18. #78
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    Thanks, again.

    The photos were terrific, longshot. I already have the "Stockholm Run" book to which you refer.

    I wasn't aware, lazy8, of the 'differences' between Consolidated and BOAC that you describe.

    I have located another copy of that MOVEMENTS BOARD photo. The quality is not great but it has slightly different visual qualities that make the top of the board clearer. You can't see the column headings any better (perhaps worse, in fact) but a date is chalked on the top-left of the board. Again, it's not too clear but the year is "42". I hope that this image can be seen well enough to see that.

    EDIT: Oh dear! It doesn't seem possible to expand that image; I don't know why. Perhaps you will have more luck. What I have done, however, is copy the image below on to a WORD document and then expand the image on that page. The "42" is clear and the date may be "19" but the month is not obvious.


    .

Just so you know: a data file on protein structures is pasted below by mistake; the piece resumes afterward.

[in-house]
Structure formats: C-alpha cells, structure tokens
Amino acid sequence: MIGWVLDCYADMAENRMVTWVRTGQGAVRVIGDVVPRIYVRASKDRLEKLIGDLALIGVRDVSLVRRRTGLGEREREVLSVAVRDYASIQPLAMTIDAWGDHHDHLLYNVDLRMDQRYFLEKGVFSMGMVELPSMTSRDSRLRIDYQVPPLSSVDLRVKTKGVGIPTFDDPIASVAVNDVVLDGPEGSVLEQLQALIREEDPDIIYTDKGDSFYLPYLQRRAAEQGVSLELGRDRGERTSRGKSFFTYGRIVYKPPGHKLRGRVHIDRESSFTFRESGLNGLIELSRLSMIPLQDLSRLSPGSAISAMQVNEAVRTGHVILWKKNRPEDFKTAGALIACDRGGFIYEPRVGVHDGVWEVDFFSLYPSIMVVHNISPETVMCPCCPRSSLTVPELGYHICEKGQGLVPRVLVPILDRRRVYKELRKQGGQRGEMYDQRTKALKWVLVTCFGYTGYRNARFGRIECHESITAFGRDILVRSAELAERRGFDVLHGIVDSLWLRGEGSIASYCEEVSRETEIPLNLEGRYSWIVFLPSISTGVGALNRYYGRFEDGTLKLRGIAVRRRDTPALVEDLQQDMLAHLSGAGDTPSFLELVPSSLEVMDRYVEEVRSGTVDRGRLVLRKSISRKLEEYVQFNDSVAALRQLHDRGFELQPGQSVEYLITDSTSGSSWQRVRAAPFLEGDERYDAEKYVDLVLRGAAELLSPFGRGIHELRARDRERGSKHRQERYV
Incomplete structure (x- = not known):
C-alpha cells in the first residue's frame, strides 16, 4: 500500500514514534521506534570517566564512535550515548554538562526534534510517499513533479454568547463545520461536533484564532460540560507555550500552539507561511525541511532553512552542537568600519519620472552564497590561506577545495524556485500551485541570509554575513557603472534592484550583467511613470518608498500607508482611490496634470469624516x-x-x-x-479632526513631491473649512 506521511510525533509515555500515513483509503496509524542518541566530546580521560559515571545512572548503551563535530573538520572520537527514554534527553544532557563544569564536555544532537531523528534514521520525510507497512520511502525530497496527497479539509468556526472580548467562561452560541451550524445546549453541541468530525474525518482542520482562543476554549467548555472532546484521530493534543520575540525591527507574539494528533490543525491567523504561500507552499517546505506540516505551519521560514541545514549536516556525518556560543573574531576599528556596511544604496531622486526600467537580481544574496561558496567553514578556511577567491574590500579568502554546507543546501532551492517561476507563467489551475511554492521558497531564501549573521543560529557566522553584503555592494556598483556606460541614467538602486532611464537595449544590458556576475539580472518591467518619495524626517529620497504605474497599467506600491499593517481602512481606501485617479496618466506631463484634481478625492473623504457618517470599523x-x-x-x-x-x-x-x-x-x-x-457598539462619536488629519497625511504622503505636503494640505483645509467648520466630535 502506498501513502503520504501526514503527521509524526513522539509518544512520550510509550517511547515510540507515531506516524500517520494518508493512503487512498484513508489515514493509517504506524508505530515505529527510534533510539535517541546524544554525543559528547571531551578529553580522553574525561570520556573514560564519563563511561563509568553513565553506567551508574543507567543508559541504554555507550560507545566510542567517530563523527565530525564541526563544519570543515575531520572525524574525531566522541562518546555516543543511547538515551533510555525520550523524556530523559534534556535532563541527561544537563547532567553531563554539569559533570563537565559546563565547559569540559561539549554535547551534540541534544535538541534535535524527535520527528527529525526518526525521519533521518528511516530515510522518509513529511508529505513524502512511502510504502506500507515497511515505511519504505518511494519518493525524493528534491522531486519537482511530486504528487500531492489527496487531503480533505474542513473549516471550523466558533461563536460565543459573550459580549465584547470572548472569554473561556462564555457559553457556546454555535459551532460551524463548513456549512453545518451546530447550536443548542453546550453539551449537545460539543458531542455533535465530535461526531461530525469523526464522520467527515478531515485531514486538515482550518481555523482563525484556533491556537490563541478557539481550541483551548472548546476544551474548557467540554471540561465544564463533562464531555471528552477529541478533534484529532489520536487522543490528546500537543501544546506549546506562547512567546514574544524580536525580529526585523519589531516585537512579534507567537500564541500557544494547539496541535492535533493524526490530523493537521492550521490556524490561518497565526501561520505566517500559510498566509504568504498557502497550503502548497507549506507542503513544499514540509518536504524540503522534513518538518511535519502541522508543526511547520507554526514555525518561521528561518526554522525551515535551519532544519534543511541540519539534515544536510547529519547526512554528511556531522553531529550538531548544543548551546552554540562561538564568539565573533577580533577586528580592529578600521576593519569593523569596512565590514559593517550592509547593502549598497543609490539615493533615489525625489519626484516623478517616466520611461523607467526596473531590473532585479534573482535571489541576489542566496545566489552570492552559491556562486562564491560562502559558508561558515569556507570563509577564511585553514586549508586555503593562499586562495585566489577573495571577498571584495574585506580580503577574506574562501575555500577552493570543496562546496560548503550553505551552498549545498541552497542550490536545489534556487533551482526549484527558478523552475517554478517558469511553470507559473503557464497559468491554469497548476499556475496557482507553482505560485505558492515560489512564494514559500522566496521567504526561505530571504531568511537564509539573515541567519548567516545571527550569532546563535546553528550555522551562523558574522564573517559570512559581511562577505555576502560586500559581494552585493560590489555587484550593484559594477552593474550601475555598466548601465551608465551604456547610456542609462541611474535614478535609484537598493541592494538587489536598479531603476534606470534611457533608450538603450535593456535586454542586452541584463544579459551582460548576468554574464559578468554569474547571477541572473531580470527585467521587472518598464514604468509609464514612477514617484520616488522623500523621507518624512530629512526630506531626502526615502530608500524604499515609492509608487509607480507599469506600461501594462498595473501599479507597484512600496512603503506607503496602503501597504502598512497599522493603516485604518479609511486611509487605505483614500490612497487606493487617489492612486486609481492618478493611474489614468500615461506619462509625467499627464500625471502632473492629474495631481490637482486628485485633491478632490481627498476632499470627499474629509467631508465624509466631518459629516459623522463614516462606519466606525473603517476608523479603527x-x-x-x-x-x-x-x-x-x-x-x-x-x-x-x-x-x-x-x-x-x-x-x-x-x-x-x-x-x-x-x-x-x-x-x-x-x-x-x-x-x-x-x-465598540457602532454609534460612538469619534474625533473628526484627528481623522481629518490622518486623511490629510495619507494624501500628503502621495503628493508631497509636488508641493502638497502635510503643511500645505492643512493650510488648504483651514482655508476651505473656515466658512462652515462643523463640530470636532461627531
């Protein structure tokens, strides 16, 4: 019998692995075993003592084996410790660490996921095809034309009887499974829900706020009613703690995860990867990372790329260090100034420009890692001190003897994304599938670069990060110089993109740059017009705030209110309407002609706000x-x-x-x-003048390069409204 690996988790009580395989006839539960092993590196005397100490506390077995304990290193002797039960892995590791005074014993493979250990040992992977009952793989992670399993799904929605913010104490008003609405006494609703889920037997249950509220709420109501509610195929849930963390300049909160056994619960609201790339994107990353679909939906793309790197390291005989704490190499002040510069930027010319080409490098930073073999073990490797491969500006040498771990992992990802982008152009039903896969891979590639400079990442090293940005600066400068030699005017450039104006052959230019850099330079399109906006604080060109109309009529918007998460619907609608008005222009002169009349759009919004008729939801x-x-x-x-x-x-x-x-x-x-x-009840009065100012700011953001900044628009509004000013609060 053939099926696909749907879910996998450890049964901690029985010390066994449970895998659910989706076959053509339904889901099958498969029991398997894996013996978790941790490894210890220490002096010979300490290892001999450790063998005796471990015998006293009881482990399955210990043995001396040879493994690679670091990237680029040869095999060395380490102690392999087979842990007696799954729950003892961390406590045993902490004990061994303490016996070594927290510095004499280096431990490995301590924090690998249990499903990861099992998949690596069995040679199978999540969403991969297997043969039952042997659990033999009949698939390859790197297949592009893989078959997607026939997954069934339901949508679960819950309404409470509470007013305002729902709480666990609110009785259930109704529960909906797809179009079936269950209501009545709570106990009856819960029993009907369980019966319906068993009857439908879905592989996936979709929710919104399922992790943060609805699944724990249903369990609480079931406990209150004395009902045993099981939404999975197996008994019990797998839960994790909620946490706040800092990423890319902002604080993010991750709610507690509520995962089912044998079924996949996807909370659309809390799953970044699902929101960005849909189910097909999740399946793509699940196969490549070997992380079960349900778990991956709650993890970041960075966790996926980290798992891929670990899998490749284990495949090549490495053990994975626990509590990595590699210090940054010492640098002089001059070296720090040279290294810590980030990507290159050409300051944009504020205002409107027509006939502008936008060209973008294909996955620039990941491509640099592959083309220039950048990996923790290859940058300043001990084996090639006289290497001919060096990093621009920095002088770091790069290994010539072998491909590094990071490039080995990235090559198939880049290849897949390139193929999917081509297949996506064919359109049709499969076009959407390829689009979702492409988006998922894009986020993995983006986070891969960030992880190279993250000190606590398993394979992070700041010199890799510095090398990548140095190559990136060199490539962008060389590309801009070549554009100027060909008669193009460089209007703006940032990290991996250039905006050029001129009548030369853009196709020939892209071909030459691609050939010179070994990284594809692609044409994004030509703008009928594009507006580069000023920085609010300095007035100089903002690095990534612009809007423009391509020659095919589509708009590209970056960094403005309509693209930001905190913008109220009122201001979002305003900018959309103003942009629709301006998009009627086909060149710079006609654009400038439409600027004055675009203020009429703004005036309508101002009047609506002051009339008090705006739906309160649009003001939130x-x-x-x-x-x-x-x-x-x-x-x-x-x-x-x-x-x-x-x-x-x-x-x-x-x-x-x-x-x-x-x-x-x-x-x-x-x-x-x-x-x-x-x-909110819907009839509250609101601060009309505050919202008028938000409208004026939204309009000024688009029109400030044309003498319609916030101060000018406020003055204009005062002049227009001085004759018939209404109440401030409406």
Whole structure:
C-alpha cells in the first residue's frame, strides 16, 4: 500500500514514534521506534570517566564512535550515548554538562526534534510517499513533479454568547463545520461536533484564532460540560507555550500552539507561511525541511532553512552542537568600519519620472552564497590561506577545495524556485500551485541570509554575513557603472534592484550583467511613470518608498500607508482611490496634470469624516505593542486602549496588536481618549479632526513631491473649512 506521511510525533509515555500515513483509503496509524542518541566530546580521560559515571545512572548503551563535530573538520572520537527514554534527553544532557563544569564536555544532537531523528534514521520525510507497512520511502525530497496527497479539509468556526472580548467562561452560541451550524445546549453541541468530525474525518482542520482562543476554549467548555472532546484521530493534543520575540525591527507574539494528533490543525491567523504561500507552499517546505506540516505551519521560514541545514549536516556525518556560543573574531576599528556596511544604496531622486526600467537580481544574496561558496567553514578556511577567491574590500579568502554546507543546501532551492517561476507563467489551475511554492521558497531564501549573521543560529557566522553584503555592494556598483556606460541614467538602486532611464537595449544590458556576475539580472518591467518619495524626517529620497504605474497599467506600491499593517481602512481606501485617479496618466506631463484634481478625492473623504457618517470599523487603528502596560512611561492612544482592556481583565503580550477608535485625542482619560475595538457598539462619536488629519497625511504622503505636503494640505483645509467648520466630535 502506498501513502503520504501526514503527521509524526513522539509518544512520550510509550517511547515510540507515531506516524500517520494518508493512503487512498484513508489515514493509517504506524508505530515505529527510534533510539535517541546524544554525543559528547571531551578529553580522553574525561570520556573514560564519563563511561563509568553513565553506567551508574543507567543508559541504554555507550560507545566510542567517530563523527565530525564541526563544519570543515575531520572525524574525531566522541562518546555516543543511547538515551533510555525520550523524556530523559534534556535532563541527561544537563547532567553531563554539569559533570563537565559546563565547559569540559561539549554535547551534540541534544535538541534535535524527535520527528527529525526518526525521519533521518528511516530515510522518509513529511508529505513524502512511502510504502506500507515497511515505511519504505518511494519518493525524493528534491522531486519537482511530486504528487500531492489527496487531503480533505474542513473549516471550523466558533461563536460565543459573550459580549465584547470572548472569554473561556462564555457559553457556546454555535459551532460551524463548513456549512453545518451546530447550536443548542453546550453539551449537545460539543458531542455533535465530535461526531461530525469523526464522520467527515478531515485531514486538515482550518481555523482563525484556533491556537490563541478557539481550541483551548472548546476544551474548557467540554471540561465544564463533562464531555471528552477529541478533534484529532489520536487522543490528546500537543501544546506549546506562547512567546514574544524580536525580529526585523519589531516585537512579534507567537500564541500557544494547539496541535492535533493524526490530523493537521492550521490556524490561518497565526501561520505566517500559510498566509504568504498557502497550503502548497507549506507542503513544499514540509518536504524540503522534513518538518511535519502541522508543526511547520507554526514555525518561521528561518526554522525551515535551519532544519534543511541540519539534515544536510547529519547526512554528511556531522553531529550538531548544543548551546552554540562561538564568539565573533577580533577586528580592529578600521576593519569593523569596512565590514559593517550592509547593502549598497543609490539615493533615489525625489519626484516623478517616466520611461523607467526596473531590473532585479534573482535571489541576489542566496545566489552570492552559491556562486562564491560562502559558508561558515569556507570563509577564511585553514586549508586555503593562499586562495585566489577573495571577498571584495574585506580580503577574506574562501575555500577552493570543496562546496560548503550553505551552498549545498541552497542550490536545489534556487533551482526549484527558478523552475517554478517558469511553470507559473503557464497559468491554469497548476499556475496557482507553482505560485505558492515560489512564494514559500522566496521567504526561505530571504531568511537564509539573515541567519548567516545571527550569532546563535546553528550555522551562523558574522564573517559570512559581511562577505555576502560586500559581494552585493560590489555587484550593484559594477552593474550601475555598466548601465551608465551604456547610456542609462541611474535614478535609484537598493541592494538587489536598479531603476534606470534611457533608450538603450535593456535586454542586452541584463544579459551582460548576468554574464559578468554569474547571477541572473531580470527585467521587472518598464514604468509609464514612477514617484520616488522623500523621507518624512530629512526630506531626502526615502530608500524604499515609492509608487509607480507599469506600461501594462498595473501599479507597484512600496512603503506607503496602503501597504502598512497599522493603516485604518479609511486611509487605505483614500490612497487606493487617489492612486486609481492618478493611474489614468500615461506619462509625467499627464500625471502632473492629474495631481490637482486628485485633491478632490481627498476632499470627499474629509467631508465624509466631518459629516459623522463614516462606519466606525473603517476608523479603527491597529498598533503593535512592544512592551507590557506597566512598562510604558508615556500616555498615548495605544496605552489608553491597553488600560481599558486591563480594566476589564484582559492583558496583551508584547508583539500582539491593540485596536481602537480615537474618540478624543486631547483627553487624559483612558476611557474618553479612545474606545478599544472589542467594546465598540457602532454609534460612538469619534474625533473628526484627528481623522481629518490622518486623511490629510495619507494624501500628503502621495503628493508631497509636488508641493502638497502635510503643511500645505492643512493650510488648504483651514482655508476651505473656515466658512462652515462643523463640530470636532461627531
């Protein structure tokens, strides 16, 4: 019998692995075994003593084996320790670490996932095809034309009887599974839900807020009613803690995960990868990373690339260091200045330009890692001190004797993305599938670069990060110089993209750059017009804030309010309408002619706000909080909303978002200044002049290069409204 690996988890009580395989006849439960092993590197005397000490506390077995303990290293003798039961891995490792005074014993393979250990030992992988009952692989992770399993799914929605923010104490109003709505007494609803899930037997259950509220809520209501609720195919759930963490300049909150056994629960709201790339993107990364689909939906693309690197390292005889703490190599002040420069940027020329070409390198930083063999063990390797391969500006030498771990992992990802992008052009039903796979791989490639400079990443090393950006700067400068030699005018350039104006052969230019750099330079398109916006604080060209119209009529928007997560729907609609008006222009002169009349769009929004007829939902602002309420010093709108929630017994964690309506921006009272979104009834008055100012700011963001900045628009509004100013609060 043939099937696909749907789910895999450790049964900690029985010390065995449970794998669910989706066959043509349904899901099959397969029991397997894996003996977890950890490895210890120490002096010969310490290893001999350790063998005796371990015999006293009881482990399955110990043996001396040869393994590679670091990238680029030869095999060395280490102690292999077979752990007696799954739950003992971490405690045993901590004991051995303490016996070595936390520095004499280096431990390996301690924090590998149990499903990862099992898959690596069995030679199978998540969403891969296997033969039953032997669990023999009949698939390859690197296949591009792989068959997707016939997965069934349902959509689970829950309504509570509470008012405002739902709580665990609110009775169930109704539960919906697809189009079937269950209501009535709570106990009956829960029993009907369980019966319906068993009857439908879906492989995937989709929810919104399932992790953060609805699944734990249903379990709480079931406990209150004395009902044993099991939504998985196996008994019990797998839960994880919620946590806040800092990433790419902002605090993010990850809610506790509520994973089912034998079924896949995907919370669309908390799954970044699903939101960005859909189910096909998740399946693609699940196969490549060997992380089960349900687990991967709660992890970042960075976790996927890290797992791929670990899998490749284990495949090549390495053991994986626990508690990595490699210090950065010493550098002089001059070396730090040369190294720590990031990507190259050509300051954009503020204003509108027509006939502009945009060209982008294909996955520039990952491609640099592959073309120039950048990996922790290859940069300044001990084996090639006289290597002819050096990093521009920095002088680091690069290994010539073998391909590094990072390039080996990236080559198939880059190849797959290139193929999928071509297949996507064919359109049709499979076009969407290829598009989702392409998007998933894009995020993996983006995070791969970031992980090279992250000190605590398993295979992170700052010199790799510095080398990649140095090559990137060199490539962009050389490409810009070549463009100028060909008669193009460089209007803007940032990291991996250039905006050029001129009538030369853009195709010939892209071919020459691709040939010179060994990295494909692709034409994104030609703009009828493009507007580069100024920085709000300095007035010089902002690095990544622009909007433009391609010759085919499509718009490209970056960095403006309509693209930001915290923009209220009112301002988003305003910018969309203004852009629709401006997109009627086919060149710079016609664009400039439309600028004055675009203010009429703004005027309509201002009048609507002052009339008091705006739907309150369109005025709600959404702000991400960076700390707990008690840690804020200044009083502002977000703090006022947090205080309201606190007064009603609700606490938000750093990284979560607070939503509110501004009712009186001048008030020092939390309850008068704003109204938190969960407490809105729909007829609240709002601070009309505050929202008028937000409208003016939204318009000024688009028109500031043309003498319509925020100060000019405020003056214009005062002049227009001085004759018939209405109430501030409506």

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    Last edited by ianwoodward9; 24th April 2017 at 18:40.

  19. #79
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    Ian,

    I downloaded your photo and then I could zoom in on it. I then played around with contrast and so forth -- no luck in clarifying the month or day, though it does look like 42 to me. That's not definitive, though.

    I'm awaiting a response from a researcher who may, just may, have some strong evidence. Maybe. I'll post if he replies.

    Come to think of it, there's one more researcher I can try -- Robert Stitt, an expert on RAF Fortresses, so perhaps he'll weigh in on those two Fortresses listed on the board.
    "The RAF Museum show has been forensically examined and was deeply unimpressive. I knew that their whale of a story was loaded with baloney".

  20. #80
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    I look forward to the results of your enquiry, Matt.